The Officer March/April 2011 : Page-12

Navy CAPT MARSHALL A. HANSON, USNR (ReT.) • diReCTOR, NAvAL SeRviCeS SeCTiON Fight For FuNds Marines and Navy position themselves to fight for relevance while budgets decline. ith the tightening of budgetary belts, chauvinism is on the rise within the Pentagon. The Army will undoubtedly argue that it is central to war planning and budgeting as it has fought the war for the past 10 years and is the primary force for national security during an era of persistent military engagement. The Marines, Navy, and other services will try to make the case for relevance as well. As the various armed services jockey for dwindling funds, the fragile Total Force architecture is in jeopardy. As the cornucopia of equipment and operational funds is at risk of drying up, it will no longer be as easy to champion jointness . With Secretary of Defense Robert M. Gates wanting to reallocate $93 billion to other programs–and President Obama suggesting another $78 billion cut in defense over the next five years–all services risk pulling back behind their service ramparts. For example, the Army is looking at losing its major mission in Iraq. Indigenous leaders, such as radical cleric Muqtada al-Sadr, insist on total withdrawal of U.S. troops from Iraq, which will likely make any withdrawal total. “Six billion dollars is the anticipated savings by reducing the size of the Active Army and Marine Corps starting in Fiscal Year 2015,” said Mr. Gates in a speech made in early January on department budget and efficiencies. “Under this plan, the U.S. Army’s permanent active-duty end-strength would decline by 27,000 troops, while the Marine Corps would decline by somewhere between fifteen to twenty thousand, depending on the outcome of their force structure review.” Additionally, the Army will cut another 22,000 temporary positions that will be unauthorized at the end of 2014. The Marines will point out to their Army brethren that the Army hasn’t fought the war on its own. Proportionately, more Marines have joined the fight than Soldiers. While the Army may have command over allied forces in Afghanistan, recently the theater has been primarily a Marine offensive. Currently, the United States is scheduled to exit the country in 2014. But the Marines fear that they have spent 10 years fighting a different type of war than they were intended to fight, and they 12 the are losing their expeditionary edge. Last June, the Marines, with the U.S. Navy, held a beach invasion exercise called Dawn Blitz 2010. Marine Corps Times described this two-week amphibious evolution held offshore of Camp Pendleton, Calif., as the first such exercise since combat operations began in Southwest Asia. Yet, it’s the Marines’ expeditionary capability that Mr. Gates suggests cutting. The Marine variant on the F-35 Joint Strike Fighter was put on probation for cost overruns, delaying, if not ending, production. Mr. Gates wants to cancel the Marine expeditionary vehicle, which will leave the Marines with older, slower amphibious landing craft. Further, the procurement of a new class of prepositioned ships, which forwardly store battle gear and supplies, is being challenged. Ironically, on the same day that Mr. Gates announced cuts to U.S. Marine programs, he ordered an additional 1,400 Marines to Afghanistan. Meanwhile, the Navy has provided the greatest percentage of individual augmentees to backfill for Army and Air Force missions in current conflicts. “The Navy has 53,000 active and reserve Sailors continually deployed in support of the contingency operations overseas serving as members of carrier strike groups, expeditionary strike groups, Special Operating Forces, Seabee units, Marine forces, medical units, and as IAs [individual augmentees],” reported the Department of the Navy in 2010. “On the ground, our Navy has 12,300 active and reserve Sailors in Central Command supporting Navy, Joint Force and Combatant Commander requirements.” Nevertheless, the Navy is feeling insecure that these missions aren’t enough to justify operating its fleets. Mr. Gates has shown an inclination to fund those initiatives that contribute to the current conflicts. Current strategies leave the bulk of the Navy out. In 2007, the Navy included humanitarian missions as part of is maritime strategy to help offset its lack of warfighting opportunity. “[O]ur security and prosperity are linked to the security and prosperity of the world, and that preventing wars is just as important as winning wars,” ADM Gary Roughead, chief O fficer / M arch –a pril 2011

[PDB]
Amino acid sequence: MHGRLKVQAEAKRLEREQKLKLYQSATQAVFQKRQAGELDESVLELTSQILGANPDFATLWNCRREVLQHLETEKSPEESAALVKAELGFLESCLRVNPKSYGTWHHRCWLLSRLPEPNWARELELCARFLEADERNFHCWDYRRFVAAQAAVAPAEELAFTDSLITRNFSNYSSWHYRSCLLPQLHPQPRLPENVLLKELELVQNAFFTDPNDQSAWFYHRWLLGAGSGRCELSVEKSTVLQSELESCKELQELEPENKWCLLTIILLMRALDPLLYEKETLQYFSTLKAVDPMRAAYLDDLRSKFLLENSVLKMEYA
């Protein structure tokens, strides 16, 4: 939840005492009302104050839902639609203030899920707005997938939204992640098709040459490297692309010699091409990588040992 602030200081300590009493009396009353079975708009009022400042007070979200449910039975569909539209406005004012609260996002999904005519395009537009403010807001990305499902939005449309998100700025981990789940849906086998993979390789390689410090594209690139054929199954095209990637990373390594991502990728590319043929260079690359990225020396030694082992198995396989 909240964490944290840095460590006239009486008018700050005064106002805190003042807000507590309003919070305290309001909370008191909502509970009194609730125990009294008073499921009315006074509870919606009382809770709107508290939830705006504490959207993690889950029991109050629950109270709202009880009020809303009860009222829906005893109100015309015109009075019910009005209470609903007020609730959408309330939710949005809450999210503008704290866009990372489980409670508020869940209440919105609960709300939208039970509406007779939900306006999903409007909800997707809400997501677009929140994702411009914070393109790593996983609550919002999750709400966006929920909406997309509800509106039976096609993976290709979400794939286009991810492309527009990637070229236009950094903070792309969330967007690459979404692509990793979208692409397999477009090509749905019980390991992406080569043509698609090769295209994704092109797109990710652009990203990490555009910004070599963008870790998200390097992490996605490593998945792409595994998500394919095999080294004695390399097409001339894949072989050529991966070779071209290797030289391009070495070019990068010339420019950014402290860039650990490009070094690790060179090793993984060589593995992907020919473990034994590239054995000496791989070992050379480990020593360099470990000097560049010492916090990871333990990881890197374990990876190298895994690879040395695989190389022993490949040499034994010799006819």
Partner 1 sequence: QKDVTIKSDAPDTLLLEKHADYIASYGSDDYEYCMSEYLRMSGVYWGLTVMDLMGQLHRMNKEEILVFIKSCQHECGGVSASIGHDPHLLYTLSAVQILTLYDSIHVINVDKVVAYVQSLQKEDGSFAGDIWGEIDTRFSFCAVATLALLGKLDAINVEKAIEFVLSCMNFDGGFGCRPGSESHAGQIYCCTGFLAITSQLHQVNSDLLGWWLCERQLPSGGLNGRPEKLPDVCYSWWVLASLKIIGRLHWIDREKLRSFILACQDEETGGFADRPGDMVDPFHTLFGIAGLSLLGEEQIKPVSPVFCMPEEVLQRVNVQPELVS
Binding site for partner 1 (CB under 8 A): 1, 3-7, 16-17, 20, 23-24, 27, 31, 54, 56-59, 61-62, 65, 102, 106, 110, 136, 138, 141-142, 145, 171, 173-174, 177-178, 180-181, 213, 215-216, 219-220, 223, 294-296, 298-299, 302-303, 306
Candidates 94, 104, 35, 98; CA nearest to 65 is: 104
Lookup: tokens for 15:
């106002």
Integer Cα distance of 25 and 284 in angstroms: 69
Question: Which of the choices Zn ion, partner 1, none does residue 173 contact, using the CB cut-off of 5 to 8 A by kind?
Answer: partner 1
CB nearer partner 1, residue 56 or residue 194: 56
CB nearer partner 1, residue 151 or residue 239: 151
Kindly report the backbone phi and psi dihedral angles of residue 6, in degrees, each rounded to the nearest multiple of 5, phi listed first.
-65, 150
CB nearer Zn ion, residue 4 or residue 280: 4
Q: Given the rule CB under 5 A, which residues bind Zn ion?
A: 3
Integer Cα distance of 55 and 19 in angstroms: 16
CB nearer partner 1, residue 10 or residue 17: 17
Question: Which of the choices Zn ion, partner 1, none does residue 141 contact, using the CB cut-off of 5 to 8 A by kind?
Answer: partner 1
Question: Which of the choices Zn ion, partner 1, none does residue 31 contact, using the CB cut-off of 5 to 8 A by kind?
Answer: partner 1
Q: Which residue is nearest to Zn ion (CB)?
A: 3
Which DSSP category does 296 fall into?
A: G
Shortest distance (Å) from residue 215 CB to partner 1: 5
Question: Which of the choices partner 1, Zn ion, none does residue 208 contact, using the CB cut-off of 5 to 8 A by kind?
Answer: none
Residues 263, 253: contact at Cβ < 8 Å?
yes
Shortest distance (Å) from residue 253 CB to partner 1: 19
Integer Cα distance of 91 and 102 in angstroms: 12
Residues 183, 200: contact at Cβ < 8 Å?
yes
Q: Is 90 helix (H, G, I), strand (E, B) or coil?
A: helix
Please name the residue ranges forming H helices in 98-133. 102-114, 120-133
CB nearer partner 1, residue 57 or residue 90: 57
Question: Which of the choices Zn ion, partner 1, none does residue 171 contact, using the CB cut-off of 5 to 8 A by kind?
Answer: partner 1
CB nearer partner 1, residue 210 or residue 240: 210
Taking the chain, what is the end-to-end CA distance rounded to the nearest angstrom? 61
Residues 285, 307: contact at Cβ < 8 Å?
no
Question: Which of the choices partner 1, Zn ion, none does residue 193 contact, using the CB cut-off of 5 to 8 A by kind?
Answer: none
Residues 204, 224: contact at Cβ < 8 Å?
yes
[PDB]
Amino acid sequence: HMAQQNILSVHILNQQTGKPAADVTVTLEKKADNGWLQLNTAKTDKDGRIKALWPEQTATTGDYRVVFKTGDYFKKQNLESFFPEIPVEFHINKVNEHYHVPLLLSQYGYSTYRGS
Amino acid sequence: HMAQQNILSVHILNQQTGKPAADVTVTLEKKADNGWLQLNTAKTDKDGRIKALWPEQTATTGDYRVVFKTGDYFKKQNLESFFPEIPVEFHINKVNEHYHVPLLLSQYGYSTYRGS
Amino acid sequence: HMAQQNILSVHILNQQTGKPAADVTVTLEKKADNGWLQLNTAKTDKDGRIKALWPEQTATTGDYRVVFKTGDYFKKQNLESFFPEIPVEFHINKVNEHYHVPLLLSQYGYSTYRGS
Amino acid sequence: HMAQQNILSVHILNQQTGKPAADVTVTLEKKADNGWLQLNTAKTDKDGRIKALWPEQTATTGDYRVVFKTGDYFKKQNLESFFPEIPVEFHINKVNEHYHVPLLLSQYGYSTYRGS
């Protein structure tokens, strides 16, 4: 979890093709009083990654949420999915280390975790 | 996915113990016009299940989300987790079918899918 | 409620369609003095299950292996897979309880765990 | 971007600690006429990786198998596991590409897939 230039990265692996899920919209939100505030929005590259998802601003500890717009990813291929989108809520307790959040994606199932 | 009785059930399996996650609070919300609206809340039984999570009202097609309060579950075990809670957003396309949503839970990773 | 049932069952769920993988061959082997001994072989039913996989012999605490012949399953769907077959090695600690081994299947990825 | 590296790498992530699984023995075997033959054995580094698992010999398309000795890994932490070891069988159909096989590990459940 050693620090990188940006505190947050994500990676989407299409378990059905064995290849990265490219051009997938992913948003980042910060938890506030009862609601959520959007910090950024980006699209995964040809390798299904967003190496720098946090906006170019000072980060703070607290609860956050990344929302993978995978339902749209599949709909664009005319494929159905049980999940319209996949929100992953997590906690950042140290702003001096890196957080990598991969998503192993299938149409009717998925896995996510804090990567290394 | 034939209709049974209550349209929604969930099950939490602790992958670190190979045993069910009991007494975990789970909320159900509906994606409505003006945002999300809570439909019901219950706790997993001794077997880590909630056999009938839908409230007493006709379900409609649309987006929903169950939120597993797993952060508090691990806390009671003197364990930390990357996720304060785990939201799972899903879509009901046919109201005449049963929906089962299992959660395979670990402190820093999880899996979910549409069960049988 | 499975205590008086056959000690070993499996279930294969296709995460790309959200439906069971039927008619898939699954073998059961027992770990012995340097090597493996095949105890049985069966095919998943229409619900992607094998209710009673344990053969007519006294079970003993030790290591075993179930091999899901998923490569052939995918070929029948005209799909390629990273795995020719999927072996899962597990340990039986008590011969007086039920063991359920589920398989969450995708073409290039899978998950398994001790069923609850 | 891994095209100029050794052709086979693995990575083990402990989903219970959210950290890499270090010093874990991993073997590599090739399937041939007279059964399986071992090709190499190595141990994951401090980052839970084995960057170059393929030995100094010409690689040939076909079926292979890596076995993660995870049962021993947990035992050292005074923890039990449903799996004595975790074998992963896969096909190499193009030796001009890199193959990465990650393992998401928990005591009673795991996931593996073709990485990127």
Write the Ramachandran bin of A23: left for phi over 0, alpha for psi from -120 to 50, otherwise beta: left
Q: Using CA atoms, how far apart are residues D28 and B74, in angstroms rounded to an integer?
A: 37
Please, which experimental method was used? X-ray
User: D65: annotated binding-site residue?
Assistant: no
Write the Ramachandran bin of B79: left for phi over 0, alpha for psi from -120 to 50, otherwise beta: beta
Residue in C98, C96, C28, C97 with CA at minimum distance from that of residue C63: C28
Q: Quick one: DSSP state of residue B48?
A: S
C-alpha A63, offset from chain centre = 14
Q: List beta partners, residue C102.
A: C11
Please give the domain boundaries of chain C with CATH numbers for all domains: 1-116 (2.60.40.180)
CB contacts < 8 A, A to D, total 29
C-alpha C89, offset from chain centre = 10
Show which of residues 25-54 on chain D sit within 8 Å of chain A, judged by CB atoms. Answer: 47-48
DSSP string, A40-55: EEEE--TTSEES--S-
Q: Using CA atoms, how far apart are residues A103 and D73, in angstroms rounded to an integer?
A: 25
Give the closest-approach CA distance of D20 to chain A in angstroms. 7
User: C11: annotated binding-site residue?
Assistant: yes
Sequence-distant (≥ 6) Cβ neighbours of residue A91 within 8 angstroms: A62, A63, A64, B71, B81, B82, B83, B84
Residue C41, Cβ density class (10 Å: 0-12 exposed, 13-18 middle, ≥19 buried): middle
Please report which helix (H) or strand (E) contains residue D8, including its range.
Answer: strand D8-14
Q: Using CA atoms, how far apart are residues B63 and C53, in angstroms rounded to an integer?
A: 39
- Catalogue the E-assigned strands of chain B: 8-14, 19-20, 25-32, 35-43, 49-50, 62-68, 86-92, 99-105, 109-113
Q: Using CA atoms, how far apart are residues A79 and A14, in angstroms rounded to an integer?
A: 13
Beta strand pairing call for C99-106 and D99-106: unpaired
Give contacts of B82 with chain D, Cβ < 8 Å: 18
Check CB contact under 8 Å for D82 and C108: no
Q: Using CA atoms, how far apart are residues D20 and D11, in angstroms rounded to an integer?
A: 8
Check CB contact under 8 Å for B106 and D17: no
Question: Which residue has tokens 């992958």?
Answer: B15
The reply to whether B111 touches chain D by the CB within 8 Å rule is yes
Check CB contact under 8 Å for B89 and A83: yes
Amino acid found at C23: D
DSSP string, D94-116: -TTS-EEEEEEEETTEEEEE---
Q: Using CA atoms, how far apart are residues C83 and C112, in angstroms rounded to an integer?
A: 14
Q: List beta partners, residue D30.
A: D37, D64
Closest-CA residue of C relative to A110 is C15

Naval Services Section